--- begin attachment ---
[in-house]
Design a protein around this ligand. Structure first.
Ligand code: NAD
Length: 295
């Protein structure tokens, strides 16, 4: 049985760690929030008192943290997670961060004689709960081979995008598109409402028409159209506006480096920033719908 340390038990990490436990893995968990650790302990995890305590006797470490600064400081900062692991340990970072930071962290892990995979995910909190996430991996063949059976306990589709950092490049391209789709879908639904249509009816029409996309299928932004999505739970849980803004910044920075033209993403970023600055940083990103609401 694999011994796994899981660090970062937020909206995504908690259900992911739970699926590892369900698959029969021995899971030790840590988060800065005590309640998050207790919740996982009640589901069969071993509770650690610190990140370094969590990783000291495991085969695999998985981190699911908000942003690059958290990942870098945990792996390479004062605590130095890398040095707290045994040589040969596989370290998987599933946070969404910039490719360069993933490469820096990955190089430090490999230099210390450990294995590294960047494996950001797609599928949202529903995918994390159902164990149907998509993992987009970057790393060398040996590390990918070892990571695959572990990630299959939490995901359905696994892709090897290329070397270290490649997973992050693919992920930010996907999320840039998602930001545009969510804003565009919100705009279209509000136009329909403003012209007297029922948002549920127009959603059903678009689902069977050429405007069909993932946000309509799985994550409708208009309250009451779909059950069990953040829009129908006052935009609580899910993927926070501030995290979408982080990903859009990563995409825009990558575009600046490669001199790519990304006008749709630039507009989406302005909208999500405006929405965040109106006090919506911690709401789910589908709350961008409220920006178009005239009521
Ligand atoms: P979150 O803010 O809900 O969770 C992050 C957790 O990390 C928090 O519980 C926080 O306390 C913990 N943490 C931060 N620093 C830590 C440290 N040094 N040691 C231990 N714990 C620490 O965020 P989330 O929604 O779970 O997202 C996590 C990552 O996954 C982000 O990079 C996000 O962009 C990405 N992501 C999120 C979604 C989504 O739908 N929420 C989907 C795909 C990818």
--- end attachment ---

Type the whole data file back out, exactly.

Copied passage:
[in-house]
Design a protein around this ligand. Structure first.
Ligand code: NAD
Length: 295
């Protein structure tokens, strides 16, 4: 049985760690929030008192943290997670961060004689709960081979995008598109409402028409159209506006480096920033719908 340390038990990490436990893995968990650790302990995890305590006797470490600064400081900062692991340990970072930071962290892990995979995910909190996430991996063949059976306990589709950092490049391209789709879908639904249509009816029409996309299928932004999505739970849980803004910044920075033209993403970023600055940083990103609401 694999011994796994899981660090970062937020909206995504908690259900992911739970699926590892369900698959029969021995899971030790840590988060800065005590309640998050207790919740996982009640589901069969071993509770650690610190990140370094969590990783000291495991085969695999998985981190699911908000942003690059958290990942870098945990792996390479004062605590130095890398040095707290045994040589040969596989370290998987599933946070969404910039490719360069993933490469820096990955190089430090490999230099210390450990294995590294960047494996950001797609599928949202529903995918994390159902164990149907998509993992987009970057790393060398040996590390990918070892990571695959572990990630299959939490995901359905696994892709090897290329070397270290490649997973992050693919992920930010996907999320840039998602930001545009969510804003565009919100705009279209509000136009329909403003012209007297029922948002549920127009959603059903678009689902069977050429405007069909993932946000309509799985994550409708208009309250009451779909059950069990953040829009129908006052935009609580899910993927926070501030995290979408982080990903859009990563995409825009990558575009600046490669001199790519990304006008749709630039507009989406302005909208999500405006929405965040109106006090919506911690709401789910589908709350961008409220920006178009005239009521
Ligand atoms: P979150 O803010 O809900 O969770 C992050 C957790 O990390 C928090 O519980 C926080 O306390 C913990 N943490 C931060 N620093 C830590 C440290 N040094 N040691 C231990 N714990 C620490 O965020 P989330 O929604 O779970 O997202 C996590 C990552 O996954 C982000 O990079 C996000 O962009 C990405 N992501 C999120 C979604 C989504 O739908 N929420 C989907 C795909 C990818």